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Since declaring its disputed independence in 2008, Kosovo has become one of the youngest new Oscar contenders in the Best International Feature Film race. Making the switch from documentary to fiction for her first dramatic feature, Los Angeles-based Kosovar director Antoneta Kastrati draws on her own tragic family history for Zana, her Balkan homeland’s latest submission to the Academy Awards. Although it ultimately did not make the shortlist, this somber meditation on lingering wartime trauma is still a classy psychological drama with solid film festival appeal. World premiered at TIFF in September, it makes its U.S. debut at Palm Springs next week.
Zana takes place in a sleepy rural corner of western Kosovo 10 years after the Balkan wars have ended, but the scars of conflict still shape the psychic landscape. Lume (Adriana Matoshi) shares a modest farmhouse with husband Ilir (Astrit Kabashi) and mother-in-law Remzije (Fatmire Sahiti). Despite suffering post-traumatic stress from losing her young daughter in the war, Lume is under constant pressure to get pregnant again. As an increasingly desperate Ilir accompanies his wife to assorted medical specialists and shrinks, holy men and exorcists, Remzije callously lobbies to replace her with a younger, more fertile new partner.
Kastrati presents contemporary Kosovar society as suspended in limbo between science and superstition, where smartphones and YouTube videos co-exist with archaic beliefs in witches and demons, fortune tellers and faith healers. Indeed, the title Zana refers to the folkloric fairy-like maidens traditionally said to haunt villages in Kosovo and northern Albania.
In an inspired touch, Kastrati and her cinematographer sister Sevdije borrow the visual grammar of horror cinema to illuminate Lume’s fractured mental state. She is is visited nightly by creepy apparitions of her dead daughter and other ghostly hallucinations. A scratchy VHS tape depicting the exhumation of wartime casualties has some of the uncanny dread of J-horror films like the Ring series. Elsewhere there are echoes of child-themed supernatural classics including Rosemary’s Baby and Don’t Look Now. Although most of these feverish visions are only happening inside Lume’s head, Kastrati presents them as factual because they are still vividly real to her.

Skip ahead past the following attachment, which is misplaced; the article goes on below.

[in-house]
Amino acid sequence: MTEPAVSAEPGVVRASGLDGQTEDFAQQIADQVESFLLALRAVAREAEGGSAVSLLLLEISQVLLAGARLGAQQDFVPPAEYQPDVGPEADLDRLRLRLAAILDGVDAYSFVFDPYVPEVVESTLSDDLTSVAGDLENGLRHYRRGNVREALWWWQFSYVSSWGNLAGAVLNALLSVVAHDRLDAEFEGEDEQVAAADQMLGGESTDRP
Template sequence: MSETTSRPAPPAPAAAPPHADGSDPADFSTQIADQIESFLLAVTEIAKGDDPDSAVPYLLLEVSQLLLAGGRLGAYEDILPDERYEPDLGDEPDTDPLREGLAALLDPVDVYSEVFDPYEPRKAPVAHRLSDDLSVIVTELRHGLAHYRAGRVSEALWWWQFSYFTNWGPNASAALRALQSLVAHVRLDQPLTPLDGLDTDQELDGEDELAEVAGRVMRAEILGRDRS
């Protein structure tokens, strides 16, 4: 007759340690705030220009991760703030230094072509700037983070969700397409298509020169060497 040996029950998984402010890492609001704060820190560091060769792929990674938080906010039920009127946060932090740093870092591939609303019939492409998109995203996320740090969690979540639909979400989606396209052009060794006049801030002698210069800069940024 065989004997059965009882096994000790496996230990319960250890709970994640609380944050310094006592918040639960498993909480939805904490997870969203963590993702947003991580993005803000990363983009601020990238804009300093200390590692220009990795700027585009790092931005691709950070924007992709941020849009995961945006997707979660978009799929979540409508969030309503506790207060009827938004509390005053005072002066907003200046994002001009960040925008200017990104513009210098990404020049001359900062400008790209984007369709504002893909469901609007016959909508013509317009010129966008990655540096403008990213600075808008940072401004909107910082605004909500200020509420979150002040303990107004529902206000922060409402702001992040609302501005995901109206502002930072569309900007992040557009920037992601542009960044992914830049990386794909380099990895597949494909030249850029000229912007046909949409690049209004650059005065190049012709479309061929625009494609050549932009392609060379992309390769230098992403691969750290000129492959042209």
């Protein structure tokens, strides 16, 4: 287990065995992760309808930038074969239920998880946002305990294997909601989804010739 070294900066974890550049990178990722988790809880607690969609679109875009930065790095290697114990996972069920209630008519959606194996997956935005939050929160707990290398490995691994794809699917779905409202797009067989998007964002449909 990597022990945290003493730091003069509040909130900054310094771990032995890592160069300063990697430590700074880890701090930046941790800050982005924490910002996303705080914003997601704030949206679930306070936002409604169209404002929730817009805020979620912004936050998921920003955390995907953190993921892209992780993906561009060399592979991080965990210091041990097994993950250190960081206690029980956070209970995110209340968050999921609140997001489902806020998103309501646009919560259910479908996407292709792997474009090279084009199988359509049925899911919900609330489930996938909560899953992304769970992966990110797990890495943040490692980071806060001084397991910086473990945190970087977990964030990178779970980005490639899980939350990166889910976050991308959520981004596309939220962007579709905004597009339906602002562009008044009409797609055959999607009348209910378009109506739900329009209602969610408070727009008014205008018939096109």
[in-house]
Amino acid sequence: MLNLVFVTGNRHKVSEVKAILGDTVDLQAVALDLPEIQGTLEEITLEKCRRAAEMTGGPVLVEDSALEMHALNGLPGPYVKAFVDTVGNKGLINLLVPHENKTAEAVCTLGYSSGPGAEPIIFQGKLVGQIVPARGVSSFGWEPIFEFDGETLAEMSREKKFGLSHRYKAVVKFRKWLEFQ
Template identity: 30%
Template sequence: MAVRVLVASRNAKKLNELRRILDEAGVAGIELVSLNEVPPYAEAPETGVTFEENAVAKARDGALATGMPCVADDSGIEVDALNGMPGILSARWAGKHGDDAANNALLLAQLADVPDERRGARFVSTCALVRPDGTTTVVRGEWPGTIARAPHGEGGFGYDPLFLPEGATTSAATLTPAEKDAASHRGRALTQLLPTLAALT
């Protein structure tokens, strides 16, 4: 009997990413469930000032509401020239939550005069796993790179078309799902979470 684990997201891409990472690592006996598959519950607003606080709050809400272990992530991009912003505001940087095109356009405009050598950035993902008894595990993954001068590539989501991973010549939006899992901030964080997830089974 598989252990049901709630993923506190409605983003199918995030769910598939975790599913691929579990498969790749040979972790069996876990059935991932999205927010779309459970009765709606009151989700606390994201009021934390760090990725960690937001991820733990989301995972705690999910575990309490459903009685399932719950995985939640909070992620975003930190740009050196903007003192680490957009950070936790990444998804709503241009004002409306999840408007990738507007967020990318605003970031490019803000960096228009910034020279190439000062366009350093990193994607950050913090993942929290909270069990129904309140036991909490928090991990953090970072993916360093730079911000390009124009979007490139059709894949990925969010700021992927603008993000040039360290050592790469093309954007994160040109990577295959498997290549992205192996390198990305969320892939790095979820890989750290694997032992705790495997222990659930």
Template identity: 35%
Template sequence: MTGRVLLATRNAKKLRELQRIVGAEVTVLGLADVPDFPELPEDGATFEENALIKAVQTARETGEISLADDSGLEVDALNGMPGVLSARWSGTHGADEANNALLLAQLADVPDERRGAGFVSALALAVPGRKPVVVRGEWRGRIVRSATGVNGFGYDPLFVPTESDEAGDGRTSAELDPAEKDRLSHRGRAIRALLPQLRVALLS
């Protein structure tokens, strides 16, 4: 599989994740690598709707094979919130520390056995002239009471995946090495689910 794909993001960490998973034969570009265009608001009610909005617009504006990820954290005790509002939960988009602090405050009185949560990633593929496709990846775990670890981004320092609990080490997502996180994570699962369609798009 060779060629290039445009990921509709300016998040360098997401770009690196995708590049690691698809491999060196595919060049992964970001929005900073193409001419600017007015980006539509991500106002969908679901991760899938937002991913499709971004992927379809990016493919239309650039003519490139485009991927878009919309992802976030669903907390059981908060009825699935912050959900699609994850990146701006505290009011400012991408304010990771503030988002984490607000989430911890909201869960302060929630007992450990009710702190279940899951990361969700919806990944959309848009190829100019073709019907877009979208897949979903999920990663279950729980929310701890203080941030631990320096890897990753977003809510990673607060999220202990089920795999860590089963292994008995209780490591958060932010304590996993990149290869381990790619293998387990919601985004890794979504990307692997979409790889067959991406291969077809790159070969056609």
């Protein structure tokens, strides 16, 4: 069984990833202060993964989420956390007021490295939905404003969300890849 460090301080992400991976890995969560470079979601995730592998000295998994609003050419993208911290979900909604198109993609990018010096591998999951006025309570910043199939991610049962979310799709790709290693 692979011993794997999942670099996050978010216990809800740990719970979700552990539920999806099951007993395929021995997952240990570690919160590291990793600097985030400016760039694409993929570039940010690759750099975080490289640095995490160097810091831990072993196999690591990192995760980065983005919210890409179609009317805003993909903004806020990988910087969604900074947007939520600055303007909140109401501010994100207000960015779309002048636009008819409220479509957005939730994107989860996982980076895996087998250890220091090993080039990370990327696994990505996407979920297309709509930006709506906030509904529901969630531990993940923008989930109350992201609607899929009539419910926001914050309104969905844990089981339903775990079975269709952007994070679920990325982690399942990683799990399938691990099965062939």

Zana is explicitly a film about war and its aftershocks, but also implicitly about the inner wounds of patriarchy and misogyny. Even in her most despairing depths, Lume is rejected by family on all sides, demeaned by her husband and harshly judged by her peers, her social standing reduced to her bovine duty as a baby-breeding machine. But Kastrati keeps this critique more subtle than polemical, never placing the blame with mono-dimensional villains. Ilir, for example, evidently has tender and protective feelings for his wife despite their unbalanced gender roles.
An appealing sensory experience, Zana is full of handsome vistas of sun-dappled meadows, misty rivers and wintry snowscapes. But as drama, the plot is a little disjointed and repetitive, leaning too heavily on Lume’s unrelenting victimhood rather than mapping her emotional journey. Matoshi’s impressively internalized performance conveys a lot with very little, her impassive features telegraphing submerged grief with scant trace of melodrama. On some level, Lume is clearly intended to be emblematic of an entire generation of Kosovar women still scarred by wartime trauma. In a quietly devastating payoff, Kastrati ends with a dedication to her mother Ajshe and sister Luljeta, both killed in the conflict 20 years ago.
Production companies: Crossing Bridges Films, On Film Production, Alief
Cast: Adriana Matoshi, Astrit Kabashi, Fatmire Sahiti, Mensur Safqiu, Irena Cahani, Vedat Bajrami
Director: Antoneta Kastrati
Screenwriters: Antoneta Kastrati, Casey Cooper Johnson
Producer: Casey Cooper Johnson
Cinematographer: Sevdije Kastrati
Editors: Antoneta Kastrati, Brett W. Bachmann, Michal Reich
Music: Dritero Nikqi
Sales company: Alief
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